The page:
The grilled salmon at Taku Glacier Lodge is legendary. Visitors can reserve the short floatplane ride up the river from Juneau and enjoy dinner at the lodge (available only in summer). The staff claims to engage in outdoor "combat cooking" - that is, holding back the bears until the salmon is done - but the evening we were there, the only big black beast being held at bay looked an awful lot like a well-fed Labrador retriever. We've reconfigured Taku Lodge's baste ingredients so they can serve as marinade as well.
1/2 cup firmly packed brown sugar
1/2 cup dry white wine
1/4 cup lemon juice
About 1/2 teaspoon salt
About 1/4 teaspoon pepper
8 pieces (about 6 oz. each; max. 1 1/4 in. thick) boned, skinned wild salmon fillet
1/4 cup (1/8 lb.) butter
How to Make It
In a large, wide bowl or 9- by 13-inch baking dish, stir brown sugar, wine, lemon juice, 1/2 teaspoon salt, and 1/4 teaspoon pepper until sugar is dissolved.
Rinse fish and pat dry. Add to marinade and turn to coat. Cover and chill for 1 to 2 hours.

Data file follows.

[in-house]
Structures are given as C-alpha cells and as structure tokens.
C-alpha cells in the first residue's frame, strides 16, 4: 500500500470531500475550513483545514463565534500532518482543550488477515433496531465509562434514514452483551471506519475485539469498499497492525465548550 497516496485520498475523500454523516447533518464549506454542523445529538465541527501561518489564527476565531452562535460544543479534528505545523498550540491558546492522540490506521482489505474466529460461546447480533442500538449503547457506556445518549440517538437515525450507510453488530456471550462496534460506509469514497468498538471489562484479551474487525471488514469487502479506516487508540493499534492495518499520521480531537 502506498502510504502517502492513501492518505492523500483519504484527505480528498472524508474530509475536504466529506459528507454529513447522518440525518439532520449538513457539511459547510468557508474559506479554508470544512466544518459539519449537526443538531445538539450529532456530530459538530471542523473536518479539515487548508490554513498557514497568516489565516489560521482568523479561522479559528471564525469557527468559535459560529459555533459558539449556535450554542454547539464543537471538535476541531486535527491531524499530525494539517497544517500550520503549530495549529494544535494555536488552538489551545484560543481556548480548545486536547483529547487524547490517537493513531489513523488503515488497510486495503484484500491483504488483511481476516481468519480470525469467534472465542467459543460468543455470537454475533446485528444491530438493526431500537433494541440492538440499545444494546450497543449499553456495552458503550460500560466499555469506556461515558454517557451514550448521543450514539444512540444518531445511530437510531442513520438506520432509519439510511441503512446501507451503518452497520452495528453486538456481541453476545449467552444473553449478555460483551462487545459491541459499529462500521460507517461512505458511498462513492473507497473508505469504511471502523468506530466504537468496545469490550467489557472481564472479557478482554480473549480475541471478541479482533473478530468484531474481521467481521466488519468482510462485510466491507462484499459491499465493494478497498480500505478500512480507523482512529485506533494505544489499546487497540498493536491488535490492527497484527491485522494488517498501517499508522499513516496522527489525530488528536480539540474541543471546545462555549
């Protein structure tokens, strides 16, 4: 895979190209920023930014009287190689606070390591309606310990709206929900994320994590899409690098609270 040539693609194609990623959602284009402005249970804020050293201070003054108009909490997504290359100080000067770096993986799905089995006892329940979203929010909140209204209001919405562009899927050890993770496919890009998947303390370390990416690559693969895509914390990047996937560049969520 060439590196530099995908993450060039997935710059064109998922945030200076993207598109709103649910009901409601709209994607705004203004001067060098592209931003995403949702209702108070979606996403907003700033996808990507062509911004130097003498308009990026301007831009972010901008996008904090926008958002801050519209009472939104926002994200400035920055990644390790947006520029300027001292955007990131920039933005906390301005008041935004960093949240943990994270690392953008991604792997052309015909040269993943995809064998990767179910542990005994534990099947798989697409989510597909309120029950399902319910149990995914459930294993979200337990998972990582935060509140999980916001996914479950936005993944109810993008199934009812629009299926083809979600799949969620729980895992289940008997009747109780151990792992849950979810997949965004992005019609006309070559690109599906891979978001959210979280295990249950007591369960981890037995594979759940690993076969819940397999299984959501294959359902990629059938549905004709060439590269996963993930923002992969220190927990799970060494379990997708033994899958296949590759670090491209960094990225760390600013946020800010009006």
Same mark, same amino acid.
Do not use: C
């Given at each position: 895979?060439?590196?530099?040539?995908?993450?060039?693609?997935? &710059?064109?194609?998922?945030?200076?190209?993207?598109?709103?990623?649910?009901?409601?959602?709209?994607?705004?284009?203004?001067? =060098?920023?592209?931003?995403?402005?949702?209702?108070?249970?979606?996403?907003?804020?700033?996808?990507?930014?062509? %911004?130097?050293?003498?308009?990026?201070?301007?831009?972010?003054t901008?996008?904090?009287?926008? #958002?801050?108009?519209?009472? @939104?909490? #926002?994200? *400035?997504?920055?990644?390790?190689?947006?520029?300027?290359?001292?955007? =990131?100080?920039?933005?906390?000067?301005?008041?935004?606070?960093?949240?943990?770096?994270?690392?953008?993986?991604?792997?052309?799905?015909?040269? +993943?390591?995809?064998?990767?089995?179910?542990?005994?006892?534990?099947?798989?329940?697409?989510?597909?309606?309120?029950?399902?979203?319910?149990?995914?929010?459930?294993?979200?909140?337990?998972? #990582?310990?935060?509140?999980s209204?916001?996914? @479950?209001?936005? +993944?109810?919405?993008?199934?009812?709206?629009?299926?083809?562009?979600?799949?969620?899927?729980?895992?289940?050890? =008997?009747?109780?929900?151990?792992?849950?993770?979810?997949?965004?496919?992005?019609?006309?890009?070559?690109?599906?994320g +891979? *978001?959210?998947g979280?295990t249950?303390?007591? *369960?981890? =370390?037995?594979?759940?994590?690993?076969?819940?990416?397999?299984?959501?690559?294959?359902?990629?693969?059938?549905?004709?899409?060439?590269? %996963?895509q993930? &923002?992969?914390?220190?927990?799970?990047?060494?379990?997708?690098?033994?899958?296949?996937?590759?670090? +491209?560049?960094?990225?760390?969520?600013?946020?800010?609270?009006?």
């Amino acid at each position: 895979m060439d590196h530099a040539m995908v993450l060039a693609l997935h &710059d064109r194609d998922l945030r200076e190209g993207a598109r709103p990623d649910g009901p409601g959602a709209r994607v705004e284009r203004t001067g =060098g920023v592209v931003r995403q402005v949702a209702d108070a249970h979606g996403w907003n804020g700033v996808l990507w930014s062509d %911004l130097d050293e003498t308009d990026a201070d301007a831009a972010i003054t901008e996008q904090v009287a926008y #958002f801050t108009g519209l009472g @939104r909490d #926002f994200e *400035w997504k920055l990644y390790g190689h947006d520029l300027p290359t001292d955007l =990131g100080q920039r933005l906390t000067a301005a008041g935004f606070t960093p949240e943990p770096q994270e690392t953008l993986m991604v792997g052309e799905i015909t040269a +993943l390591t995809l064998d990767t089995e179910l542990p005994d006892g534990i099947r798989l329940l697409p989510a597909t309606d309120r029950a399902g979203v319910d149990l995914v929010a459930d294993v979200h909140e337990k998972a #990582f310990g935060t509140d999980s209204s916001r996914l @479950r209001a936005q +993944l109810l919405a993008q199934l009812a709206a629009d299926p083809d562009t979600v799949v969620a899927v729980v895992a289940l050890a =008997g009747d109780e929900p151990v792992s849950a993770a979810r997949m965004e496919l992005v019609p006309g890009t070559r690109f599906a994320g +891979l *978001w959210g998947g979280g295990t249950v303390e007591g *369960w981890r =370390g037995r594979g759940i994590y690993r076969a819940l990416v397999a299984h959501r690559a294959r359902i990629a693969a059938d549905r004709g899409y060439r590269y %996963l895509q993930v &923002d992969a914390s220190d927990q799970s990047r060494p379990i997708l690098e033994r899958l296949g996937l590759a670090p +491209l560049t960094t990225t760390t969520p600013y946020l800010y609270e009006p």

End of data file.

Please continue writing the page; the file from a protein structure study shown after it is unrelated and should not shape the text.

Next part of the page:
Lift salmon from marinade and transfer to a 12- by 17-inch baking pan. Pour marinade into a 1 1/2- to 2-quart pan over medium-high heat; add butter and stir until butter is melted and mixture is simmering, 4 to 5 minutes.
Lay salmon, skinned side down, on a generously oiled grill over a solid bed of medium-hot coals or medium-high heat on a gas grill (you can hold your hand at grill level only 3 to 4 seconds). Brush fish generously with the baste; close lid if using a gas grill. Cook until salmon pieces are well browned on the bottom, 3 1/2 to 4 minutes (keep a spray bottle filled with clean water on hand to spritz any flare-ups). With a wide spatula, carefully turn pieces; brush tops with baste and continue to cook, basting often, until the salmon is just opaque but still moist-looking in the center of the thickest part (cut to test), about 5 to 6 minutes longer. Discard any remaining baste.
Transfer salmon to a warm platter or plates and garnish with lemon wedges. Add more salt and pepper to taste.